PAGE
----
The film continues along with the crooked politicians, mob boss, and police all trying to get the city rid of the “Exterminator”. Ginty continues walking around town and running into crime and filth, trying to solve all the problems that New York’s streets possess. I do not know if there really is any sort of message besides the detective trying to solve the murders and crimes of the vigilante is also a Vietnam Vet, but just one that conforms to society’s norms and laws, while John Eastland has taken the law into his own hands, but that may be part of it. I sat through the film just thinking it may have been slightly better if there was more violence and gore in the film. There is some nudity, but its not too much and one pair of tits are scarred by burn marks all over them–not exactly a turn on.
Overall, I was a little bit more than mildly amused by the film. It was not the most action-packed or well-written film to portray a vigilante exacting revenge for his hospitalized comrade and friend (I thought the Death Wish films were done far better!), but it is not the worst way to spend a couple of hours. I can definitely see this film doing well at a grindhouse theater, though. The film has more elements in it that I found myself laughing at, then being shocked or appalled over. Maybe that was the whole point, to find some humor within the elements of shock, violence, and horror.
As with many films, the extra features on the disc can sometimes be a saving grace to a film that just did not live up to one’s expectations. That is the case here. Synapse Films’ Blu-Ray+Dvd Combo Pack comes with a wonderful commentary by director James Glickenhaus, in which he informs the audience quite a bit about the time of the filming (noting the Twin Towers shot in the film and how pre-9/11 it was far easier to rent a chopper and fly around the city shooting aerial shots) and that the helicopter used in the film was the very one that crashed and killed actor Vic Morrow a few years later. In fact, they shot the whole Vietnam sequence in the very same sound stage that Morrow died in during the filming of Twilight Zone.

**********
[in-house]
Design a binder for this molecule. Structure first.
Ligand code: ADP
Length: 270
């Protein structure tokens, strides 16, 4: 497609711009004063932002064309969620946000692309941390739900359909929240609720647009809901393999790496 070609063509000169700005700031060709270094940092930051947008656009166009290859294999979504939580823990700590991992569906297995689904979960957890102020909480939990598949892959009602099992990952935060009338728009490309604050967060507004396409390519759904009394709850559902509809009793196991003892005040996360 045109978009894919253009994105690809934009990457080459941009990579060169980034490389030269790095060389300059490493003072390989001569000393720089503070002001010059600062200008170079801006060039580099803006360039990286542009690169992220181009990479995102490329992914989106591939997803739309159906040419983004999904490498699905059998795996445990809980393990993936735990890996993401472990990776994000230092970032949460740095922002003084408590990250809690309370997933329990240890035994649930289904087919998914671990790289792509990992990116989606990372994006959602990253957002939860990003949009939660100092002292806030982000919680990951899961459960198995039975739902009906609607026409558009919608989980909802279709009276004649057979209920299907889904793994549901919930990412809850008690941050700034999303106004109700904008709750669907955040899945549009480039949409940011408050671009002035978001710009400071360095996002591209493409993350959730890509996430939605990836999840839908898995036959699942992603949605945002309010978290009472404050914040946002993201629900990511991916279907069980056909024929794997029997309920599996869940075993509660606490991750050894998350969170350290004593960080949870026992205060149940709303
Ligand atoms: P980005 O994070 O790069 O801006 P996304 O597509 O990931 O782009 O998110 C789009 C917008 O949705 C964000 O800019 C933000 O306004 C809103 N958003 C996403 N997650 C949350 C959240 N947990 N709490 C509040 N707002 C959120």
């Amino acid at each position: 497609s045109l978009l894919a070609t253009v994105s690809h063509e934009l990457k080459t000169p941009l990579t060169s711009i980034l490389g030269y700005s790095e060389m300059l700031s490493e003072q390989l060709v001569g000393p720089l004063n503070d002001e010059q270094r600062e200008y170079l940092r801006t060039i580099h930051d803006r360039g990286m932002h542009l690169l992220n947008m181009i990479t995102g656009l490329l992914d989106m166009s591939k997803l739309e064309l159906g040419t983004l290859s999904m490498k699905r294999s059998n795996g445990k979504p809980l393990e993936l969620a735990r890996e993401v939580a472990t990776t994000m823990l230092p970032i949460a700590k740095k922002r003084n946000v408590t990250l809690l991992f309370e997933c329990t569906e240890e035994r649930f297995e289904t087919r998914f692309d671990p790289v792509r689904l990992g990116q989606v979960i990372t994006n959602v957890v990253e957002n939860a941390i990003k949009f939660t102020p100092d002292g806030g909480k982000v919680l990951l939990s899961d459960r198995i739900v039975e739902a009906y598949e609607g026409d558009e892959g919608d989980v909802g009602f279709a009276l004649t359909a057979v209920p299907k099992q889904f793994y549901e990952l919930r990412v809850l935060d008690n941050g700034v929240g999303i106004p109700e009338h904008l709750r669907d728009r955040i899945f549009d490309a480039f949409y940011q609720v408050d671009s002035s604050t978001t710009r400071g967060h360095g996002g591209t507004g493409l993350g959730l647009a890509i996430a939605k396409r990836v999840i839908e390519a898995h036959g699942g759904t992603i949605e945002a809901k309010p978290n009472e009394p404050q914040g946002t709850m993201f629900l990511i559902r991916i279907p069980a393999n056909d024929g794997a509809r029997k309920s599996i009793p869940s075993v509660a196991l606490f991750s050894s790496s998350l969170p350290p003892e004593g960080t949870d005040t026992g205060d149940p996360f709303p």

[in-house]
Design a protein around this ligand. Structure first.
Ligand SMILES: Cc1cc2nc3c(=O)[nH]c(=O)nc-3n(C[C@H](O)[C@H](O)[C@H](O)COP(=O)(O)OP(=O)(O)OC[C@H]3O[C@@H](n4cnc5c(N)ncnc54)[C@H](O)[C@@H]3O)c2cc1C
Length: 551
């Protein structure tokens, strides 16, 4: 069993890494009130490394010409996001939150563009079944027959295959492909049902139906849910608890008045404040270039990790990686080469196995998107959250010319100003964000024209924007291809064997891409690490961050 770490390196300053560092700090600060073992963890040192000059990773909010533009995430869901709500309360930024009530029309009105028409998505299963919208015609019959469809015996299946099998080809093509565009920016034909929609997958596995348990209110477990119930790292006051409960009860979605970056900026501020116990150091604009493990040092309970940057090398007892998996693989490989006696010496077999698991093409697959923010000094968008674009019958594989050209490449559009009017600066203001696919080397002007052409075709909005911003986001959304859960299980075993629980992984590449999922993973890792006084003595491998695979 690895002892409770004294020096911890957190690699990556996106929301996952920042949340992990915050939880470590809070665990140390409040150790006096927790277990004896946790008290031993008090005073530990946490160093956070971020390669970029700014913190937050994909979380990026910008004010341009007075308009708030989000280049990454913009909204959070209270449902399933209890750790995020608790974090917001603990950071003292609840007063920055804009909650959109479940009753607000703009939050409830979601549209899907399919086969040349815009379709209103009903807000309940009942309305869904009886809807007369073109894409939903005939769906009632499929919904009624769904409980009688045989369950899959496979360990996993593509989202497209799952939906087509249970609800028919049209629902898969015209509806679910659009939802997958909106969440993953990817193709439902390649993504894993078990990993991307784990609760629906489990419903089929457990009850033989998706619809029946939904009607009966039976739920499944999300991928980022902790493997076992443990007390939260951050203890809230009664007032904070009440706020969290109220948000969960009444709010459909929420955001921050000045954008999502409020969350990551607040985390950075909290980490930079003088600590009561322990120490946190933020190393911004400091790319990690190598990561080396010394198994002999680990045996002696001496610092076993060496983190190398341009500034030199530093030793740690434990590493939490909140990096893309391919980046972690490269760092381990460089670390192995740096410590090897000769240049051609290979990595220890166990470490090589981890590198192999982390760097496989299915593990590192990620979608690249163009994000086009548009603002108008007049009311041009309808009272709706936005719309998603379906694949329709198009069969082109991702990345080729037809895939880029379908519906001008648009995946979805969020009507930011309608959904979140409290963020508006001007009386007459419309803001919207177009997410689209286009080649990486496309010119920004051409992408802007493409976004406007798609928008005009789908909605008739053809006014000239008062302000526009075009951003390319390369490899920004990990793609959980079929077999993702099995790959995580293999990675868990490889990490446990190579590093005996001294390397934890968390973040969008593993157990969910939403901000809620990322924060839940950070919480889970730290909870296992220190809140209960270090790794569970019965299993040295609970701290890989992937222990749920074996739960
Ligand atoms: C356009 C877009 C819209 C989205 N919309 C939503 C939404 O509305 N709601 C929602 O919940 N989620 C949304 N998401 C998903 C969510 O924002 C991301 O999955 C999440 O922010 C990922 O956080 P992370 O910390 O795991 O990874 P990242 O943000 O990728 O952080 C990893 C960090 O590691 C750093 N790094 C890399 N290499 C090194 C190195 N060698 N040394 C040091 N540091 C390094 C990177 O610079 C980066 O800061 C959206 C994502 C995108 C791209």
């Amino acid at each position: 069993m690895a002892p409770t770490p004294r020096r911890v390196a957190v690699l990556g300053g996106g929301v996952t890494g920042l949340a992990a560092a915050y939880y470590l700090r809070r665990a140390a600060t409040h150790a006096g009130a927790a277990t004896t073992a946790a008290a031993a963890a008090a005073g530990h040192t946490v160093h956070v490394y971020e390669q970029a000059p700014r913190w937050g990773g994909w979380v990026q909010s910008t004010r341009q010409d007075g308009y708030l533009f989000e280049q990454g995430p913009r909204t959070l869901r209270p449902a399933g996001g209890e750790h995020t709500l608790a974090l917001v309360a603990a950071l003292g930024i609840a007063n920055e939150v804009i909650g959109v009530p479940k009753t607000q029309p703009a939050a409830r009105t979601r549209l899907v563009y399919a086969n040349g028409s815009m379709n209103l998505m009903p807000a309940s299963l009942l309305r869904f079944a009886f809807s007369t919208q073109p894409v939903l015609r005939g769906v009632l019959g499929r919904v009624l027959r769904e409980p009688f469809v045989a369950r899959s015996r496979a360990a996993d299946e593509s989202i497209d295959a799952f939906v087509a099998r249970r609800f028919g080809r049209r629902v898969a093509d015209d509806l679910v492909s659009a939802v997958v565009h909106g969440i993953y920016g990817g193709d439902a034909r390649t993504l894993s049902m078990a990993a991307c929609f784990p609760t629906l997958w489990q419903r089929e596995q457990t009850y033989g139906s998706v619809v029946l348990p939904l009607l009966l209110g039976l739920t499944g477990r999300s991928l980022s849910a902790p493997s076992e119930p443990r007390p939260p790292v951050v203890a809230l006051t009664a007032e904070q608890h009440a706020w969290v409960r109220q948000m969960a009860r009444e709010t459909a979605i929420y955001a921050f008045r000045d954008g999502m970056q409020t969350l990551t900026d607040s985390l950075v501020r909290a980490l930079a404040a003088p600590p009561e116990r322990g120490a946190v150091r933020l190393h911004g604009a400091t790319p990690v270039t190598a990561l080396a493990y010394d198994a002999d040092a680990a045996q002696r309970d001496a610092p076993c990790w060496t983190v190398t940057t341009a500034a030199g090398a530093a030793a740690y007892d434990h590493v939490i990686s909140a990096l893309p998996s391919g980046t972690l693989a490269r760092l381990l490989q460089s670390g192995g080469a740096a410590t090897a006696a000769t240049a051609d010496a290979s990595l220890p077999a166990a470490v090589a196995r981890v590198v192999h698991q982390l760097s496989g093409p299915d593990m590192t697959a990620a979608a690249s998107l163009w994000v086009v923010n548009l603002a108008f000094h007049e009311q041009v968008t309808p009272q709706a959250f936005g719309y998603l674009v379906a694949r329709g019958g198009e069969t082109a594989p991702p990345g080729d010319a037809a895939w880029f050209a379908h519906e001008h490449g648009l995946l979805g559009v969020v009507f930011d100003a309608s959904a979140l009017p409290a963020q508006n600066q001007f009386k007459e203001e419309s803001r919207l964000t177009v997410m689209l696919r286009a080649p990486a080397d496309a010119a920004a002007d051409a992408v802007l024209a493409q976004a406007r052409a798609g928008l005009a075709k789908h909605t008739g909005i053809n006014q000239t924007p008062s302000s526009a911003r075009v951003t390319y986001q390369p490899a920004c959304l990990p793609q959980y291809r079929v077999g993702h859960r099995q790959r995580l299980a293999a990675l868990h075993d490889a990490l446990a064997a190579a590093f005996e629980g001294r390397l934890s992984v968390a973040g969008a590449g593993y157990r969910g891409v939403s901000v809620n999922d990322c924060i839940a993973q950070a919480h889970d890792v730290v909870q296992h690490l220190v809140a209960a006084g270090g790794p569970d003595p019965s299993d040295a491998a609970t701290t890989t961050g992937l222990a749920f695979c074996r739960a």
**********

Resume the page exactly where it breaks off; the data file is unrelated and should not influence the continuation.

This version of THE EXTERMINATOR is the original director’s cut containing more gore and violence, contains a newly restored original stereo soundtrack mix, and the theatrical trailer and television spots. I really think what I liked most about this film was the fantastic cover art for the movie in which a muscular man is shown holding a flamethrower, with fire and explosions in the background along with a helicopter flying. As a kid, I had always wanted to see this film and now after having seen it, I can’t say whether I would be TOO impressed with what I would have witnessed, even as a young chap.